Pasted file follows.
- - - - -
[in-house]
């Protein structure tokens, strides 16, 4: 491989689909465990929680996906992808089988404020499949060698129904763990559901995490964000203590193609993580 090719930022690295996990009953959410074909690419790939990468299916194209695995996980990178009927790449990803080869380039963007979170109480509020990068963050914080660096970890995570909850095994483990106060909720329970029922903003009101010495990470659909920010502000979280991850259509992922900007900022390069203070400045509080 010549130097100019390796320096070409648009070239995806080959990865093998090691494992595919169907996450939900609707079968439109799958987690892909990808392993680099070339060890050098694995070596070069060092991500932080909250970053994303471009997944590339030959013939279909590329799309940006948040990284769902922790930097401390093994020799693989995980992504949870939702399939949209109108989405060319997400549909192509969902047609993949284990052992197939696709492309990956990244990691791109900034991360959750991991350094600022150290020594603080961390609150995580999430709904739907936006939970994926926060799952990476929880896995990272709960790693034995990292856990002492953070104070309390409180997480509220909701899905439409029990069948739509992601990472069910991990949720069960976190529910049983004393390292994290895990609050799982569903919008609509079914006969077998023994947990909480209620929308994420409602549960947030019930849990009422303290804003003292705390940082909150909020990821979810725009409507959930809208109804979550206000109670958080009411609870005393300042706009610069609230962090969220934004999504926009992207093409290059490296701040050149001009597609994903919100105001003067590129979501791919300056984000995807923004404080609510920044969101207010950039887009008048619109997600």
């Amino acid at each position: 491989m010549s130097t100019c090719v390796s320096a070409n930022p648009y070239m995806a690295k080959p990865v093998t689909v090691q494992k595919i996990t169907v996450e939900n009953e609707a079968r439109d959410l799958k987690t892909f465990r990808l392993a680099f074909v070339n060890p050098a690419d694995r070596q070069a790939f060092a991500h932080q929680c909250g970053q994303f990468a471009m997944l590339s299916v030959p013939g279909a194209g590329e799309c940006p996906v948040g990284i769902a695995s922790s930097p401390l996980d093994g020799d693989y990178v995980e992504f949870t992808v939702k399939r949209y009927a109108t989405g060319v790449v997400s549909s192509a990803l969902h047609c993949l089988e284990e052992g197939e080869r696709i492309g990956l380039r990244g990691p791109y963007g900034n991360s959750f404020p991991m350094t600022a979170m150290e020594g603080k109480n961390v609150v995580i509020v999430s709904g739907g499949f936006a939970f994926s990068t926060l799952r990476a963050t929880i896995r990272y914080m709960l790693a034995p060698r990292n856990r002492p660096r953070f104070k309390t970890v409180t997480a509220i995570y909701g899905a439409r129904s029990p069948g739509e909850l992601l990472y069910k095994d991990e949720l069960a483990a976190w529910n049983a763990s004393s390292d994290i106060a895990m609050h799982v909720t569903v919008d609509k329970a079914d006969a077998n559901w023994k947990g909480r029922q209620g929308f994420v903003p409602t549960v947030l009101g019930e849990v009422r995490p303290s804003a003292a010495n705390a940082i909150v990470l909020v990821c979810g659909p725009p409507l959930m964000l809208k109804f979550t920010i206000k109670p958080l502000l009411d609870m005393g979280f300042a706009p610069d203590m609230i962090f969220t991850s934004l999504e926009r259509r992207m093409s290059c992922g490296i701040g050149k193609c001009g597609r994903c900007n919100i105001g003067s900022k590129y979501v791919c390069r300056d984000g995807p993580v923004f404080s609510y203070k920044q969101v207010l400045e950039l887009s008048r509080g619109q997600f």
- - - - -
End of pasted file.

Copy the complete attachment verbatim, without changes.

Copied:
[in-house]
């Protein structure tokens, strides 16, 4: 491989689909465990929680996906992808089988404020499949060698129904763990559901995490964000203590193609993580 090719930022690295996990009953959410074909690419790939990468299916194209695995996980990178009927790449990803080869380039963007979170109480509020990068963050914080660096970890995570909850095994483990106060909720329970029922903003009101010495990470659909920010502000979280991850259509992922900007900022390069203070400045509080 010549130097100019390796320096070409648009070239995806080959990865093998090691494992595919169907996450939900609707079968439109799958987690892909990808392993680099070339060890050098694995070596070069060092991500932080909250970053994303471009997944590339030959013939279909590329799309940006948040990284769902922790930097401390093994020799693989995980992504949870939702399939949209109108989405060319997400549909192509969902047609993949284990052992197939696709492309990956990244990691791109900034991360959750991991350094600022150290020594603080961390609150995580999430709904739907936006939970994926926060799952990476929880896995990272709960790693034995990292856990002492953070104070309390409180997480509220909701899905439409029990069948739509992601990472069910991990949720069960976190529910049983004393390292994290895990609050799982569903919008609509079914006969077998023994947990909480209620929308994420409602549960947030019930849990009422303290804003003292705390940082909150909020990821979810725009409507959930809208109804979550206000109670958080009411609870005393300042706009610069609230962090969220934004999504926009992207093409290059490296701040050149001009597609994903919100105001003067590129979501791919300056984000995807923004404080609510920044969101207010950039887009008048619109997600």
């Amino acid at each position: 491989m010549s130097t100019c090719v390796s320096a070409n930022p648009y070239m995806a690295k080959p990865v093998t689909v090691q494992k595919i996990t169907v996450e939900n009953e609707a079968r439109d959410l799958k987690t892909f465990r990808l392993a680099f074909v070339n060890p050098a690419d694995r070596q070069a790939f060092a991500h932080q929680c909250g970053q994303f990468a471009m997944l590339s299916v030959p013939g279909a194209g590329e799309c940006p996906v948040g990284i769902a695995s922790s930097p401390l996980d093994g020799d693989y990178v995980e992504f949870t992808v939702k399939r949209y009927a109108t989405g060319v790449v997400s549909s192509a990803l969902h047609c993949l089988e284990e052992g197939e080869r696709i492309g990956l380039r990244g990691p791109y963007g900034n991360s959750f404020p991991m350094t600022a979170m150290e020594g603080k109480n961390v609150v995580i509020v999430s709904g739907g499949f936006a939970f994926s990068t926060l799952r990476a963050t929880i896995r990272y914080m709960l790693a034995p060698r990292n856990r002492p660096r953070f104070k309390t970890v409180t997480a509220i995570y909701g899905a439409r129904s029990p069948g739509e909850l992601l990472y069910k095994d991990e949720l069960a483990a976190w529910n049983a763990s004393s390292d994290i106060a895990m609050h799982v909720t569903v919008d609509k329970a079914d006969a077998n559901w023994k947990g909480r029922q209620g929308f994420v903003p409602t549960v947030l009101g019930e849990v009422r995490p303290s804003a003292a010495n705390a940082i909150v990470l909020v990821c979810g659909p725009p409507l959930m964000l809208k109804f979550t920010i206000k109670p958080l502000l009411d609870m005393g979280f300042a706009p610069d203590m609230i962090f969220t991850s934004l999504e926009r259509r992207m093409s290059c992922g490296i701040g050149k193609c001009g597609r994903c900007n919100i105001g003067s900022k590129y979501v791919c390069r300056d984000g995807p993580v923004f404080s609510y203070k920044q969101v207010l400045e950039l887009s008048r509080g619109q997600f």